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Oklahoma lawmakers make cigarette companies look like noble heroes…

7:58 AM EDT on June 9, 2017

OOOOk-lahoma, where the absurdity comes sweepin' down the plain.

Earlier this week, R.J. Reynolds and Philip Morris – two of the most evil companies in the history of humanity – filed a lawsuit to prevent a recently passed unconstitutional tax disguised as a fee on cigarettes from taking effect.

Yeah, that's right. Things have gotten so bad in Oklahoma that we now have to depend on heroic tobacco companies to hold our elected officials accountable, and make sure they follow the rules set forth in the state constitution. Is this a great state or what?!

Here are the details via KGOU:

Two of the largest tobacco companies in the U.S. are suing Oklahoma over the state’s new cigarette fee.

R.J. Reynolds Tobacco Co. and Philip Morris USA Inc. filed a brief with the Oklahoma Supreme Court Wednesday, along with several Oklahoma companies and individuals.

In the brief, plaintiffs argue the $1.50-per-pack cigarette fee, or the “Smoking Cessation Act,” “flagrantly violates” the Oklahoma constitution...

The lawsuit argues the cigarette fee should have been passed with a three-quarters supermajority, rather than the simple majority vote it received.

The state constitution requires revenue-raising measures, like tax increases, be approved by three-quarters of legislators.

The suit asserts the cigarette fee is really a tax, and was relabeled only because lawmakers struggled to pass revenue-raising measures requiring three-quarters of lawmakers--76 House votes--to vote in favor.

Tobacco companies are evil, greedy corporations that profit from selling deadly and highly addictive products to consumers, but they have a point here. Even on something as reviled as tobacco, you can't call a tax a a fee just because it's easier to pass and become law. Not to get all slippery slope on you, but if we let lawmakers get away with that, what other taxes disguised as fees will they slap on us? Before you know, I bet we'll have to pay fees that penalize us for not owning guns or going to church.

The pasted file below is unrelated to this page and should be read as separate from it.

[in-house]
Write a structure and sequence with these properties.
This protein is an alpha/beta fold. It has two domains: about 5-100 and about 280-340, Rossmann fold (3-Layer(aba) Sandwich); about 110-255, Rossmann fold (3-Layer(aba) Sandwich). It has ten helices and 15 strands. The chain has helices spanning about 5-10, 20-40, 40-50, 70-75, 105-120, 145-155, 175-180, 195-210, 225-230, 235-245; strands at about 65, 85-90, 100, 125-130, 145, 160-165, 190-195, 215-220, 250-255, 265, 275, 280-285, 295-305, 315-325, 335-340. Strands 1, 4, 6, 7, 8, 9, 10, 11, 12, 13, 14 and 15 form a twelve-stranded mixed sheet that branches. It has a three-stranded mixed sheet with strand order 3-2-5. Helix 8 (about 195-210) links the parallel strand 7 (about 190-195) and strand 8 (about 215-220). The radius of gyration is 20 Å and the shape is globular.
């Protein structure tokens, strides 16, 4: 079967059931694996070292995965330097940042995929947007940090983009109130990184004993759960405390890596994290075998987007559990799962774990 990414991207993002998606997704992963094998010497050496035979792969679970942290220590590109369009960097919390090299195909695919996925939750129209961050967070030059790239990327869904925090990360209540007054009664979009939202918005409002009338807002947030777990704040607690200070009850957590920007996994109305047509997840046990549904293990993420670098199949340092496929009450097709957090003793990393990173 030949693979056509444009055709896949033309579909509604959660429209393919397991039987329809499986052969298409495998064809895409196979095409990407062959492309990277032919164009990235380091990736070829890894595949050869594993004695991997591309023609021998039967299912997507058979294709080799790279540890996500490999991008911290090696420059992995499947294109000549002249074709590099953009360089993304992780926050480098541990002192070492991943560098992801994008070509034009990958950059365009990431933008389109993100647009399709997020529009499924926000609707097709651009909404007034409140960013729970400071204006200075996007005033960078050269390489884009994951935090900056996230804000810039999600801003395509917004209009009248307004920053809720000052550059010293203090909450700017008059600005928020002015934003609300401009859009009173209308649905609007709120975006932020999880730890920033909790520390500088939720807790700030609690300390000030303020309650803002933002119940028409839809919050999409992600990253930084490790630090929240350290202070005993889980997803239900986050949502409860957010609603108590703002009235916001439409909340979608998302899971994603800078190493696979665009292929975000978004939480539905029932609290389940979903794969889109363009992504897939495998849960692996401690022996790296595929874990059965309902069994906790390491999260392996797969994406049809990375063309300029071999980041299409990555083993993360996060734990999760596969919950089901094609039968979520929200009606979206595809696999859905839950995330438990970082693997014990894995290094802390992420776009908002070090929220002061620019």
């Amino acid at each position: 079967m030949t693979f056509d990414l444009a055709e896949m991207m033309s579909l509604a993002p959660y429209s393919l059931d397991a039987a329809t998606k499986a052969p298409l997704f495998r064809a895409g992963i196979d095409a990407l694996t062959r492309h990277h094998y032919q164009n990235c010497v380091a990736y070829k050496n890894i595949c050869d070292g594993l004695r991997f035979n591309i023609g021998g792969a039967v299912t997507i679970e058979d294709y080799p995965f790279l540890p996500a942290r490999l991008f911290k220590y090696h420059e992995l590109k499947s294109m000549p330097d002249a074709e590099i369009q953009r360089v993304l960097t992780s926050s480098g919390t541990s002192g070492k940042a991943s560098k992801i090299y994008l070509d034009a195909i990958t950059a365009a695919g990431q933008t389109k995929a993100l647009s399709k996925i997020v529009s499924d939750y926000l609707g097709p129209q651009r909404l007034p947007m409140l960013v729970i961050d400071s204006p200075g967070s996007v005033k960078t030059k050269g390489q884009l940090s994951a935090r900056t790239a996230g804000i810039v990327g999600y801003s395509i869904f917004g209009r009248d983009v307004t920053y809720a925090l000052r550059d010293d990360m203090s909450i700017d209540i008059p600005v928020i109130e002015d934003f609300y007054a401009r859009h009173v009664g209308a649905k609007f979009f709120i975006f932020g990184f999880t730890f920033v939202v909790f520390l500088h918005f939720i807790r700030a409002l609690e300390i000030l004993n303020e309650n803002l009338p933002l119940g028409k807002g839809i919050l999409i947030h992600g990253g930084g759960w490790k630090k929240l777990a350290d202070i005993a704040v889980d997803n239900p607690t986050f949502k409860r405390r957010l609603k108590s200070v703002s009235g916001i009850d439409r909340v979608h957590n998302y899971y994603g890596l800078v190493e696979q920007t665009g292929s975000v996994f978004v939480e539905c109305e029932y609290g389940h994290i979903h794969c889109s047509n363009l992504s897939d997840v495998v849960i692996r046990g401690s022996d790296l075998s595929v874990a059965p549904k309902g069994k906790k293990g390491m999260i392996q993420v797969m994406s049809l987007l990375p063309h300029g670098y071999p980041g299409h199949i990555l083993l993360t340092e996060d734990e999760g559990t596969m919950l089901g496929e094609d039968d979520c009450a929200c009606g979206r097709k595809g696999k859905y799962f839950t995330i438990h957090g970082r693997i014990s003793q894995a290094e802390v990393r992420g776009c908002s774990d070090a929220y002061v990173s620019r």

Anyway, now that the tobacco companies are coming to the rescue, I wonder what's next? Are we going to have to count on drunk drivers and DUI attorneys to protect us from good-hearted but overzealous laws that infringe on our basic rights? The answer is "yes."

Via NewsOK.com:

It will become illegal for a drunken driving suspect to refuse to take a breath test in Oklahoma if the governor signs a bill passed in the last week of the Legislative session.

Senate Bill 643 also would abolish the civil administrative appeals process that suspects currently use to challenge the revocation of their driver's licenses...

"Without question, it is an overnight death penalty to the constitutional rights of Oklahomans," said Thomas Hosty, a longtime Oklahoma City DUI defense attorney. "It totally vitiates reasonable, administrative due process. ... The lack of due process in this new law is shocking."

Hosty said the proposed law would remove administrative safeguards designed to protect individuals who have be wrongfully accused.

Some attorneys have dubbed the measure the "DUI lawyers retirement bill" because of all the court challenges it is expected to produce, he said, adding it will likely cost the state "millions of dollars in needless litigation."

Court challenges to the way Oklahoma's DUI laws have been administered would be nothing new.

DUI attorneys have repeatedly and successfully changed Oklahoma's administrative appeals process through which Oklahomans can challenge their license revocations.

The Oklahoma Department of Public Safety had to return thousands of driver's licenses to drunk driving suspects after the Oklahoma Supreme Court last September upheld a lower court ruling that the gas cylinder and mouthpiece used in breath testing equipment had not been properly approved.

Thank you tobacco companies, drunk drivers, and even glass shops for standing up to the idiots we elect to run this state. You're on the the clock, drug dealers, gang members and registered sex offenders. It's time to step up and help us out.

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